Every HOA community should be run by a designated committee and associated property management company, but not all HOAs are created equal. While some may be overbearing when it comes to enforcing rules and making extra sure that the community is being well looked after, other HOAs lag in their duties, which can be detrimental to the integrity of the community.

Be sure to check into what the HOA board is like and see if they’re taking their job seriously. An HOA without the right leadership could spell disaster for the community down the road.

7. Special Assessments Can Cost You

Ideally, the HOAs reserve fund will have enough money in the pot to cover major expenses that will inevitably occur, such as repairing or replacing the roof, updating the electrical wiring, or repaving the entire parking lot or street. When these tasks need to take place, they’ll require a huge chunk of change, and there should be enough in the reserve fund to cover them.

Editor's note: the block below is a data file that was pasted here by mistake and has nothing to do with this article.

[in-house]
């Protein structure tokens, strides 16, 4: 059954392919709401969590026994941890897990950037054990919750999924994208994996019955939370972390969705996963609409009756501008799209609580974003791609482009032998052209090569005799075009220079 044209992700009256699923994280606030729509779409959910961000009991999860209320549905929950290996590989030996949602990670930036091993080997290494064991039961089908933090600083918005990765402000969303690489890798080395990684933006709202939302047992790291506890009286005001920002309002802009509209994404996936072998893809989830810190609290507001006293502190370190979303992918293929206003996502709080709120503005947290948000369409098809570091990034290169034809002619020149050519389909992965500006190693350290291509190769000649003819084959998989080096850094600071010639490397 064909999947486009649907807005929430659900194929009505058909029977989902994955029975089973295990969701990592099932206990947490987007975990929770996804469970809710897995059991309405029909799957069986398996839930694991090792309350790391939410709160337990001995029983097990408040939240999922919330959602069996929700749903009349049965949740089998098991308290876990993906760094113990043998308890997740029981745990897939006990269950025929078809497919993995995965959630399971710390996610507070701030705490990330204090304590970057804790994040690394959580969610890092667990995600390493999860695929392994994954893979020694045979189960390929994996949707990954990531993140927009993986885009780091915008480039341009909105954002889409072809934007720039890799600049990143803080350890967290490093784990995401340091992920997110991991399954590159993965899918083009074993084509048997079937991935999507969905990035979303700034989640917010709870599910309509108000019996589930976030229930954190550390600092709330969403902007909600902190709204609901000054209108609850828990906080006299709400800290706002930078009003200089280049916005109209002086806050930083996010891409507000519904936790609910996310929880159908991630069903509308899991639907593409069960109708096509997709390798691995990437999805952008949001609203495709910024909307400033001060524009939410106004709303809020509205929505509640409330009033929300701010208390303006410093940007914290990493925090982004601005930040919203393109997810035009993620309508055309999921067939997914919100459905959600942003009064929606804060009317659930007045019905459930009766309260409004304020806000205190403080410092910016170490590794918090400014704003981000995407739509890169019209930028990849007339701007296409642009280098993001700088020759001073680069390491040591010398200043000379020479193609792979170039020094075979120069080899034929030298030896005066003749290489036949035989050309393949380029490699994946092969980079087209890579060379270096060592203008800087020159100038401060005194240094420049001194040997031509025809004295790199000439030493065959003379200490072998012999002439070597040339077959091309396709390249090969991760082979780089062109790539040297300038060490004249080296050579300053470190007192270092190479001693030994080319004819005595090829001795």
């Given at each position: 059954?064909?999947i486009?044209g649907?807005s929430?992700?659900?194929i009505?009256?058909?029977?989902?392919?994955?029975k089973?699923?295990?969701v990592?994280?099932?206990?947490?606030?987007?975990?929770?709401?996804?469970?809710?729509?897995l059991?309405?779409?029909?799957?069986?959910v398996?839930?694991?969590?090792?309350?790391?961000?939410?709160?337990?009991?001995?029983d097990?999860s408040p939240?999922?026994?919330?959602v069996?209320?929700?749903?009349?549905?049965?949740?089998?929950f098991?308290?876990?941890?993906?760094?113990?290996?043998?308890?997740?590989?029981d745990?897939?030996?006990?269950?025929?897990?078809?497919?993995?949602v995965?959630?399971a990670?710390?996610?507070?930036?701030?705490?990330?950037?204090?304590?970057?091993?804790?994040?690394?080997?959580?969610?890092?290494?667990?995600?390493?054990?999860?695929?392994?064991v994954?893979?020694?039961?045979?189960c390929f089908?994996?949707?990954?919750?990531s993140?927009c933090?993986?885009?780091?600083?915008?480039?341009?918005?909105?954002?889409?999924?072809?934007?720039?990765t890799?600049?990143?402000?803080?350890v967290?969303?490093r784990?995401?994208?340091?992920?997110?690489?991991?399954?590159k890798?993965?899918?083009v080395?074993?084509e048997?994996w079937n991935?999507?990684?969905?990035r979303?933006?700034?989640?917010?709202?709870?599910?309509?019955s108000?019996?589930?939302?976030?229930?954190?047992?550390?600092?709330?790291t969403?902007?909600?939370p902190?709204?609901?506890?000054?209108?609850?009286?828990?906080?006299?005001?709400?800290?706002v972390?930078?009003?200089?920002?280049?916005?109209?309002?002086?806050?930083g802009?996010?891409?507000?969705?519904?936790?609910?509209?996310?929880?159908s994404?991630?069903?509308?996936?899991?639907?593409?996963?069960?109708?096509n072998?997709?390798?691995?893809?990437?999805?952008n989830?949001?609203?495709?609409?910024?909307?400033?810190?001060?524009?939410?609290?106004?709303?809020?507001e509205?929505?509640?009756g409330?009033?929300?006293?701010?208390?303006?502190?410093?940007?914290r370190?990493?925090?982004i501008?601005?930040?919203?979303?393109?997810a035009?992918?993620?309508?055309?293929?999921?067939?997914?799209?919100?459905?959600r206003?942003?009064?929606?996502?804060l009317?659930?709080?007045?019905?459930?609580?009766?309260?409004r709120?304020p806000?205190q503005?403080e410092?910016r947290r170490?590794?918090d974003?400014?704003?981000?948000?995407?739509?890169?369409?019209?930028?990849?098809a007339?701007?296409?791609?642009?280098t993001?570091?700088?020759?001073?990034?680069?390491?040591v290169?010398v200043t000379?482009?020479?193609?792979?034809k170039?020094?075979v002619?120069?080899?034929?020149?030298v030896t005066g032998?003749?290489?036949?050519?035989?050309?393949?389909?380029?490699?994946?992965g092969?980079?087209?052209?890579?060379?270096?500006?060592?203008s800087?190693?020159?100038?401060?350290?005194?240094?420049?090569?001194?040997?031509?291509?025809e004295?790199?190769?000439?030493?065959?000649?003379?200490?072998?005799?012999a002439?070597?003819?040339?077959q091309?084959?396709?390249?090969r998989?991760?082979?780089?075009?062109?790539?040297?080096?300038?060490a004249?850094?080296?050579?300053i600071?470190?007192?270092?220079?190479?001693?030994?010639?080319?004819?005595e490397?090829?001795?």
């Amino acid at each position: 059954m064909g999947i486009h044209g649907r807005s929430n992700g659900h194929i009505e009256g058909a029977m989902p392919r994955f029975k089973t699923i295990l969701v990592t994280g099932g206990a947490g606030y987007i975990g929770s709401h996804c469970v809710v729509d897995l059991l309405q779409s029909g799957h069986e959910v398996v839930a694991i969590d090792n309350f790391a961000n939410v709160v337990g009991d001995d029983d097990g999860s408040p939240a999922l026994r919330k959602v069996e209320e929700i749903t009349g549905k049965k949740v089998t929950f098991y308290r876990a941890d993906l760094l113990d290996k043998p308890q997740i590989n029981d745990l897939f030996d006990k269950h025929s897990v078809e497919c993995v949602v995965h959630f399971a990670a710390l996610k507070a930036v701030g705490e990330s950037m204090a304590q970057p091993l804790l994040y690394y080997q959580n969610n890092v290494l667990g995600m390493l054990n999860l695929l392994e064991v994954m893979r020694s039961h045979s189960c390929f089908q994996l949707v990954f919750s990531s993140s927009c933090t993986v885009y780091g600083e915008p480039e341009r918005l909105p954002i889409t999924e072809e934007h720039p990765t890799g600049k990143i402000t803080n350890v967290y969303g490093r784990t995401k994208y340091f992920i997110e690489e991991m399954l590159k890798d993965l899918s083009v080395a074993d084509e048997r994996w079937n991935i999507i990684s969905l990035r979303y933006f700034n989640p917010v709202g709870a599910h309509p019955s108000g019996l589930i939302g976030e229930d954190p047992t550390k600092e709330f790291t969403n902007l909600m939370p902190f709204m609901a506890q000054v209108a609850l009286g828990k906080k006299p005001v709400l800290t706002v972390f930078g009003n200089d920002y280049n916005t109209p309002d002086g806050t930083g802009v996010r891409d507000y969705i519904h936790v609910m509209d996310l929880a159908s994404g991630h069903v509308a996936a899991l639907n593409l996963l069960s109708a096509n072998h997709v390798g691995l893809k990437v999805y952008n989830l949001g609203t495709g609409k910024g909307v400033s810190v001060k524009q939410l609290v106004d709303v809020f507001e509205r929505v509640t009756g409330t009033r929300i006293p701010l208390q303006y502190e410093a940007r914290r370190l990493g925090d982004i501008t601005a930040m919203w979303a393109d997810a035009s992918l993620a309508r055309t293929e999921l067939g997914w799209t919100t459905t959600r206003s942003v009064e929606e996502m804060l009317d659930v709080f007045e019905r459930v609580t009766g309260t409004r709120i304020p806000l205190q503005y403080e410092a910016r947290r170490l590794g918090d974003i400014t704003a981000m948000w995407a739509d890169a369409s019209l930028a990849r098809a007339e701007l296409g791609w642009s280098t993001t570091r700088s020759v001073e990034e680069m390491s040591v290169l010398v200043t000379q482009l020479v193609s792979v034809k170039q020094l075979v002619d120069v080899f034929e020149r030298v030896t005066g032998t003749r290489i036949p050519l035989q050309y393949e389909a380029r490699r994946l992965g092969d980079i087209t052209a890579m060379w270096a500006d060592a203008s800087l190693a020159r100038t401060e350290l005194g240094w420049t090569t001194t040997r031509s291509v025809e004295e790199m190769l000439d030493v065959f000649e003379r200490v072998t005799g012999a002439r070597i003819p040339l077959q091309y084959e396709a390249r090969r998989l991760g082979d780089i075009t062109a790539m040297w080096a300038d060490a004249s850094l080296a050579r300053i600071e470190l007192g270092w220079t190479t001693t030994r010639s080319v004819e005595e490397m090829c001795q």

But sometimes there isn’t, which is where a special assessment comes into the picture. With a special assessment, every unit or household in the building or community will have to pay an additional fee to cover the cost of the repair job. These additional fees can be really expensive, so it’s important for you to ensure that the HOA has enough money in its reserve fund available whenever a big repair comes up.

The Bottom Line

Living in an HOA community offers plenty of advantages that you wouldn’t typically get with your average family home. But there are also a few potential drawbacks if you don’t do your homework and choose the right one. Be sure to work closely with your real estate agent so you can ask all the right questions before making a decision on the right HOA community for you.